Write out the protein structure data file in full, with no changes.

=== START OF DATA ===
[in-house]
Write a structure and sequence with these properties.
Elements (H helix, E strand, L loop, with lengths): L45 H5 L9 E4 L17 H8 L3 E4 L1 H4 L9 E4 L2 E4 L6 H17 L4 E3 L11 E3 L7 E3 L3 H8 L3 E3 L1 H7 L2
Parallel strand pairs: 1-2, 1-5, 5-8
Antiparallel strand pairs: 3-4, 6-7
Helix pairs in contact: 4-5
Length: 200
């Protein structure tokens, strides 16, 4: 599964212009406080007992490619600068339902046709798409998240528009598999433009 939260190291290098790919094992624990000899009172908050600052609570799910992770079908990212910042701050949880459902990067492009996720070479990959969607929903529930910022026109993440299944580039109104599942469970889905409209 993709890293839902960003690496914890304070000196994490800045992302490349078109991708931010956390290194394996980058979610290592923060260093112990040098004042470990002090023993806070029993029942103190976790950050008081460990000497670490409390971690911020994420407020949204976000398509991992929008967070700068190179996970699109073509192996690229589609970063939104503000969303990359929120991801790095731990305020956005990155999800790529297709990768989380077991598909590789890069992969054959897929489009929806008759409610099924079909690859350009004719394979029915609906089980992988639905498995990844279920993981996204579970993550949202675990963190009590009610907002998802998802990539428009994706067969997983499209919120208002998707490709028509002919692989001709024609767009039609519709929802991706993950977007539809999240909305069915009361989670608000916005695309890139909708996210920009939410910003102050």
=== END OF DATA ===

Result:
[in-house]
Write a structure and sequence with these properties.
Elements (H helix, E strand, L loop, with lengths): L45 H5 L9 E4 L17 H8 L3 E4 L1 H4 L9 E4 L2 E4 L6 H17 L4 E3 L11 E3 L7 E3 L3 H8 L3 E3 L1 H7 L2
Parallel strand pairs: 1-2, 1-5, 5-8
Antiparallel strand pairs: 3-4, 6-7
Helix pairs in contact: 4-5
Length: 200
């Protein structure tokens, strides 16, 4: 599964212009406080007992490619600068339902046709798409998240528009598999433009 939260190291290098790919094992624990000899009172908050600052609570799910992770079908990212910042701050949880459902990067492009996720070479990959969607929903529930910022026109993440299944580039109104599942469970889905409209 993709890293839902960003690496914890304070000196994490800045992302490349078109991708931010956390290194394996980058979610290592923060260093112990040098004042470990002090023993806070029993029942103190976790950050008081460990000497670490409390971690911020994420407020949204976000398509991992929008967070700068190179996970699109073509192996690229589609970063939104503000969303990359929120991801790095731990305020956005990155999800790529297709990768989380077991598909590789890069992969054959897929489009929806008759409610099924079909690859350009004719394979029915609906089980992988639905498995990844279920993981996204579970993550949202675990963190009590009610907002998802998802990539428009994706067969997983499209919120208002998707490709028509002919692989001709024609767009039609519709929802991706993950977007539809999240909305069915009361989670608000916005695309890139909708996210920009939410910003102050």